Taxing the digital economy
What shifting rules mean for global businesses
In 2020 there are likely to be important developments in the way many countries tax cross-border business. In particular, US corporations that provide goods and services to European consumers through the internet, rather than a local presence, are likely to face increased foreign taxation.
There has long been a consensus among developed countries – implemented through bilateral tax treaties – that companies should not be subject to tax in a country unless they have a physical presence there. This model functioned well in a global economy where most services were performed locally and the value of goods derived mainly from tangible assets and “bricks and mortar” facilities. However, many countries are finding the results of this system unacceptable in a modern context, where services can be provided remotely via the internet and the value of goods is often dependent on intangibles with no physical location.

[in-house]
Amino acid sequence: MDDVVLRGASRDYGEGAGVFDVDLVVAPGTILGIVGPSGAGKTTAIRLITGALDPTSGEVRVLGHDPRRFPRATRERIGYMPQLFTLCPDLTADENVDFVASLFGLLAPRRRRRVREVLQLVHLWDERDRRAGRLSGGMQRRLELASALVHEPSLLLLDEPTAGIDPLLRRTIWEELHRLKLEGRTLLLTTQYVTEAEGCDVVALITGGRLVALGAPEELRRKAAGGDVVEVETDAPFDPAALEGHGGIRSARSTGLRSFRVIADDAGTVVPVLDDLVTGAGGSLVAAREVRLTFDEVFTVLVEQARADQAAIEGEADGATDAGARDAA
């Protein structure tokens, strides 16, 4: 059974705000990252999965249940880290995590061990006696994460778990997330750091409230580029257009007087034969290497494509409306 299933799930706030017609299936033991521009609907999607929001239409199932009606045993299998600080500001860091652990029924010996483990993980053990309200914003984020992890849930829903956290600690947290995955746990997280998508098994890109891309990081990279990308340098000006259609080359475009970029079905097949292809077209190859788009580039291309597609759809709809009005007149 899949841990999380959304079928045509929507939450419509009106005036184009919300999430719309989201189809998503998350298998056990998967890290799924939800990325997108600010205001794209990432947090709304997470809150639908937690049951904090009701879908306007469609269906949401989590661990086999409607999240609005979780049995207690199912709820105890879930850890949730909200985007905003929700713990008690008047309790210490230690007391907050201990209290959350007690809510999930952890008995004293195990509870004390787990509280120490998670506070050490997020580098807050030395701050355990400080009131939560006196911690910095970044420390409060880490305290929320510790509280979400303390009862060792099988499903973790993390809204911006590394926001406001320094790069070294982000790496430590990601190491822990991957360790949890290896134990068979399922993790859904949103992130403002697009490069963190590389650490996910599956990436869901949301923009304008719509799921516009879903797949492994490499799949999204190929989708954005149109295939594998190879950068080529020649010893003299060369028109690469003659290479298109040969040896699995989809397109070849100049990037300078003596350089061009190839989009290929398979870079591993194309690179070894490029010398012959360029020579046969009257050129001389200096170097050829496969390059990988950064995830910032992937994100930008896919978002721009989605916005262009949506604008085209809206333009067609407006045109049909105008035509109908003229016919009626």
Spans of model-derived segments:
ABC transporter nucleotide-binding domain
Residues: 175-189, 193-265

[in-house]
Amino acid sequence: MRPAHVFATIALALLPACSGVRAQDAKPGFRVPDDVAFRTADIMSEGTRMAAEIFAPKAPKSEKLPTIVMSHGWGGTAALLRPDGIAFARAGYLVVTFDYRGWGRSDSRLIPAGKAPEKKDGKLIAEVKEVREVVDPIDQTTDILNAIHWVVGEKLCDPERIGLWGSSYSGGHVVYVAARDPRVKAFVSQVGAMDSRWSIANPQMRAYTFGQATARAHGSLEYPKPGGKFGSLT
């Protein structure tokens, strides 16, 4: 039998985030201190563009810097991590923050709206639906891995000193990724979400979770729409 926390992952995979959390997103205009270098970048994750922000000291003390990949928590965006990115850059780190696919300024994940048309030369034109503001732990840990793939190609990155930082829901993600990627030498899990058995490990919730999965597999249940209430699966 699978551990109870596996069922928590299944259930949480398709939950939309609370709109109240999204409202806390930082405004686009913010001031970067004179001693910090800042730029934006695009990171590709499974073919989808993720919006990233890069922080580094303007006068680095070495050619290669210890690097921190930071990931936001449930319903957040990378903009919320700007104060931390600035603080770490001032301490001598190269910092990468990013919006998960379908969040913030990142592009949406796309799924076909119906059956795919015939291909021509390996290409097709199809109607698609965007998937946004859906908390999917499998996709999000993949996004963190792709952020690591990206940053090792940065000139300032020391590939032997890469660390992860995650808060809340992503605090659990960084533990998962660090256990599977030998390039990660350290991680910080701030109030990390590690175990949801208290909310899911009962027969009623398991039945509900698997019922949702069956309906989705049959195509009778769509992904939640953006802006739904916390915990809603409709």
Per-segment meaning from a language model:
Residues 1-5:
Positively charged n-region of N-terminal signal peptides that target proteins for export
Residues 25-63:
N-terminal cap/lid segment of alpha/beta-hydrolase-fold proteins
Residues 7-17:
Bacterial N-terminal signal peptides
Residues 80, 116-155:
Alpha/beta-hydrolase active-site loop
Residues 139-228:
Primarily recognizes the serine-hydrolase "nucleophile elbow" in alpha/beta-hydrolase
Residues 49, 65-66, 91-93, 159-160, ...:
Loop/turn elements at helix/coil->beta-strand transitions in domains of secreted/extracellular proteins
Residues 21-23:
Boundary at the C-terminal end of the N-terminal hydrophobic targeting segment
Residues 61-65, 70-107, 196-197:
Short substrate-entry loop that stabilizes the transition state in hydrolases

“Market” countries are often unable to tax the profits multinational groups derive from sales in their jurisdictions. In response they have begun to unilaterally impose new levies.
Countries act to tax digital goods and services
Under the old model, “market” countries – that is, economies that are net consumers of remotely provided services and goods whose value depends on intangible assets – often find themselves unable to tax the profits that multinational groups derive from sales in their jurisdictions. In response, they have begun to respond by unilaterally implementing new levies.